Lexus NX 300h S

The NX is seriously stacked with gear, even in this entry-level S trim. You'll find LED low-beam headlights and daytime running lights, the Pre-Crash Safety system and Adaptive Cruise Control, dual zone climate control, a Lexus Media Display with Remote Touch controller, a DAB digital radio driving eight speakers, a USB port, electric folding door mirrors and 17-inch alloy wheels. Then there's safety gear like Vehicle Dynamics Integrated Management, Hill Assist Control and eight airbags. You'll get your hands on one from around £31,000 for the NX 300h in S trim which seems extremely good value for money, given that you pay more than that for a 150PS diesel Toyota RAV4. Satellite navigation isn't fitted as standard and Lexus still charges a decidedly old-school fee of around £1,000 for the base system. Metallic paint will also set you back a fairly hefty £645.

Cost of Ownership

The front-wheel drive car edges a small but noticeable advantage in terms of efficiency over its pricier all-wheel drive siblings.

Where you'd see 54.3mpg, itself a respectable figure for such a chunky crossover, the S variant edges that out to 56.5mpg.

Likewise, emissions nudge down from 121 to 116g/km and that extra banding might make all the difference, as might the fact that the S squeaks in under the £30,000 limit that some fleet managers impose. Residual values ought to stand up well as a result of not only the NX's economy but also Lexus' legendary reliability.

This has long been the quiet ace in the hole for the marque; its cars running costs pared right back even against the big German brands by dint of strong retained values.


Should you want a BMW X3 or Audi Q5-sized vehicle, you're not exactly starved of choice at the moment.

Limit the budget to £31,000 and the choices become a lot less exciting.

That's why we're fairly confident that this entry-level S version of the Lexus NX has a real chance.

Even as the starter NX, it's rammed with standard equipment and it's not as if you're buying something with an outdated nail of a diesel engine in the nose.

Instead, you get a clever hybrid system that offers reasonable refinement and very good economy. Clearly, its chances of success hinge on the public perception of a front-wheel drive 'Crossover' vehicle.

Let's face it, this one isn't mocked up as an off-roader.

It's more like an estate with the sort of high seating position that makes many drivers feel comfortable.

Lexus has built something smart and pragmatic here.

It might well reap the benefits.

Design and Build

Remember when Lexus tried to look like their competitors? Seems a bit quaint now doesn't it? These days there's no mistaking a Lexus for anything else and this NX remains distinctive and stylish, especially in this revised form.

The signature spindle grille has a smarter look that aligns it more closely with the brand's RX luxury SUV and the upper part of the front bumper has been re-shaped so that it blends more fluidly into the bonnet.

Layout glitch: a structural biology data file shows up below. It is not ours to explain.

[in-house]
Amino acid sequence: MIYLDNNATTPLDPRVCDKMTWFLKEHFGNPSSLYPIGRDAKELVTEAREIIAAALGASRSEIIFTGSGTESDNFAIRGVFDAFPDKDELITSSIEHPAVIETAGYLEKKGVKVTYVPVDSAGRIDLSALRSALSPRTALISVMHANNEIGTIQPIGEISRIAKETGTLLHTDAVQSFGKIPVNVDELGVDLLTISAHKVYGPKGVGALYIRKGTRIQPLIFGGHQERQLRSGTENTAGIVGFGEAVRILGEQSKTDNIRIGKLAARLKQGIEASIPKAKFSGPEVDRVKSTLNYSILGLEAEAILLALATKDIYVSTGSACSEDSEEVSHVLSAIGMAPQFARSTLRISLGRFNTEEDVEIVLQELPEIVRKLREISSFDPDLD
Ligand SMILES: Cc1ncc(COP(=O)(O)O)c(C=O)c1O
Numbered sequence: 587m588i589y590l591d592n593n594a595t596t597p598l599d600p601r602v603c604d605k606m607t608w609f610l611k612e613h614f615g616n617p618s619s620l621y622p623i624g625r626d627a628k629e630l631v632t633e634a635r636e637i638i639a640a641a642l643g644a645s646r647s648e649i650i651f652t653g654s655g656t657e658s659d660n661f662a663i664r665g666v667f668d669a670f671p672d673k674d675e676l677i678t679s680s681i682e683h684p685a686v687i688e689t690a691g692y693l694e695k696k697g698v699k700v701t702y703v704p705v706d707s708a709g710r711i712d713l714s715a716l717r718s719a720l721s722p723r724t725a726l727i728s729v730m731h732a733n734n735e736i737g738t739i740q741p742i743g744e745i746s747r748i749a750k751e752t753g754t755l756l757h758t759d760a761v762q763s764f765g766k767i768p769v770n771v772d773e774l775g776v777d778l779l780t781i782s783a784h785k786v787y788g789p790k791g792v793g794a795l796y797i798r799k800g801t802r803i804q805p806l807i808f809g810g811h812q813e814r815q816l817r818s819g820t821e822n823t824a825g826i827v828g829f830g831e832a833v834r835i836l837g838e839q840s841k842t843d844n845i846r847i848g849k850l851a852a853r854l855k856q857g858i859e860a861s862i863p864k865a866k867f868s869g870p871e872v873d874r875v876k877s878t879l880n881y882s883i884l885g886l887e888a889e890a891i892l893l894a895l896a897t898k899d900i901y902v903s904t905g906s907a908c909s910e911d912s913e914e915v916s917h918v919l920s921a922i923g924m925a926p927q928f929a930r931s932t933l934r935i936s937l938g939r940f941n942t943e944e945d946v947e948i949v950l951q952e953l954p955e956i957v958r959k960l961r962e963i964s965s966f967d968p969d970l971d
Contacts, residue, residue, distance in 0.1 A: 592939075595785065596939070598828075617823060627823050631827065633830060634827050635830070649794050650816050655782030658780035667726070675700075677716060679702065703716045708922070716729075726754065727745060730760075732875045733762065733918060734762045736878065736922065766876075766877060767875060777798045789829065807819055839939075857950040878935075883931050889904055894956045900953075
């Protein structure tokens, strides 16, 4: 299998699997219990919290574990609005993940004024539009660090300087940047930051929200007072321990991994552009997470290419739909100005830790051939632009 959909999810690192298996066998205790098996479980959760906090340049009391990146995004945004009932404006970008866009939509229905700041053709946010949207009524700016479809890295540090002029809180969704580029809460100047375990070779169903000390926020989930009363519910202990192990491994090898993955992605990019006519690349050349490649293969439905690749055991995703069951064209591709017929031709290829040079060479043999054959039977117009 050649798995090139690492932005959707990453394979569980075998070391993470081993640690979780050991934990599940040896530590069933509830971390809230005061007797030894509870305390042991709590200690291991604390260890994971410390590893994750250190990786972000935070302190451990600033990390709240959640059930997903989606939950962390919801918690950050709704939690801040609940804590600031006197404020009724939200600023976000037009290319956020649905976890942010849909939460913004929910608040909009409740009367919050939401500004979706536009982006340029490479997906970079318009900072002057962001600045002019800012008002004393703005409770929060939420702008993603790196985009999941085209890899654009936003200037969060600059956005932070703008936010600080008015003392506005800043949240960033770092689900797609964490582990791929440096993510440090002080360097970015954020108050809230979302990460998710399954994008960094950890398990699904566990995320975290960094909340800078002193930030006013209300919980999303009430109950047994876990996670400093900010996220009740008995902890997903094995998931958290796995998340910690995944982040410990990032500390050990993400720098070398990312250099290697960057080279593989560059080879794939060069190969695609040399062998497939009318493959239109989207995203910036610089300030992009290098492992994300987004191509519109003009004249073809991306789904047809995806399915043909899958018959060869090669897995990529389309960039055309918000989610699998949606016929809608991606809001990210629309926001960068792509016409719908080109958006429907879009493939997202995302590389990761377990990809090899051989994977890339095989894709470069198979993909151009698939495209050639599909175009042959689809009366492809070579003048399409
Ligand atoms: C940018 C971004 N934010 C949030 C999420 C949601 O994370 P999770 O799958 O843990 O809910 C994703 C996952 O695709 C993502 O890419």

The headlamps have been revised too to accommodate a new Adaptive High-beam system, plus there are now sequential turn indicators, front and rear.

There's a more stylised bumper at the back too, and re-styled tail lamp clusters with L-shaped lenses. Inside, the key change is an increase in size for the central multi-media display.

In the case of the Lexus Premium Navigation system, the screen has grown from seven to 10.3 inches, while for the Lexus Display Audio set-up, the increase is from seven to eight inches.

Other changes include a larger central analogue clock, a revised climate control panel and an improved touchpad for the infotainment monitor. As before, the interior also owes little to the premium German brands in its design ethos.

Lexus aimed to combine the purpose of a high-performance vehicle with the materials quality of a luxury vehicle.

The centrepiece of the dash is a curvaceous H-shaped metal frame that's a world away from a typically slab-fronted SUV fascia panel.

Details like drilled pedals and quilted leather seats differentiate the cabin from the usual suburban SUV norm.

Practicality certainly hasn't been overlooked though and the NX offers decent headroom, a generous front-to-rear hip point distance and the longest luggage area load length in its class.


Let's imagine you'd just directed over £30,000 at your car dealer and in return were rewarded with an SUV that was all new car smell, tyre black, gleaming alloys and paint so lustrous you could read the time on your watch in its reflection from six feet away.

Clearly the first thing you're going to do is to see how it handles being lodged up to its axles in mud.

Or not.

Probably not, as it goes.

It's a perennial complaint of sniffy motoring writers that these SUVs never venture off the blacktop, despite their manufacturers compromising their on-road abilities to enable them to do just that. So what do we think of the concept of a front-wheel drive SUV that's got no ambitions of ever scraping its sump? It ought to be welcomed as something a bit more sensible and pragmatic, right? No.

They're usually derided as cars for posers and wimps.

Hoping to change all that is Lexus with its uncommonly cerebral NX 300h S.

Driving Experience

Yes, you can buy the NX 300h with all-wheel drive, but to be honest, it's hardly any more capable in the rough stuff.

This NX 300h S is powered by the proven Lexus 2.5-litre petrol engine, generator, motor and battery with a total system output of 197PS, doing without the additional electric motor that sits atop the rear axle in all-wheel drive NX models.

It also gets sprung-weight damping control to increase ride comfort and handling stability by reducing pitching when driving on uneven surfaces.

It'll sprint to 62mph in a reasonable 9.3 seconds and keep running on to 112mph.

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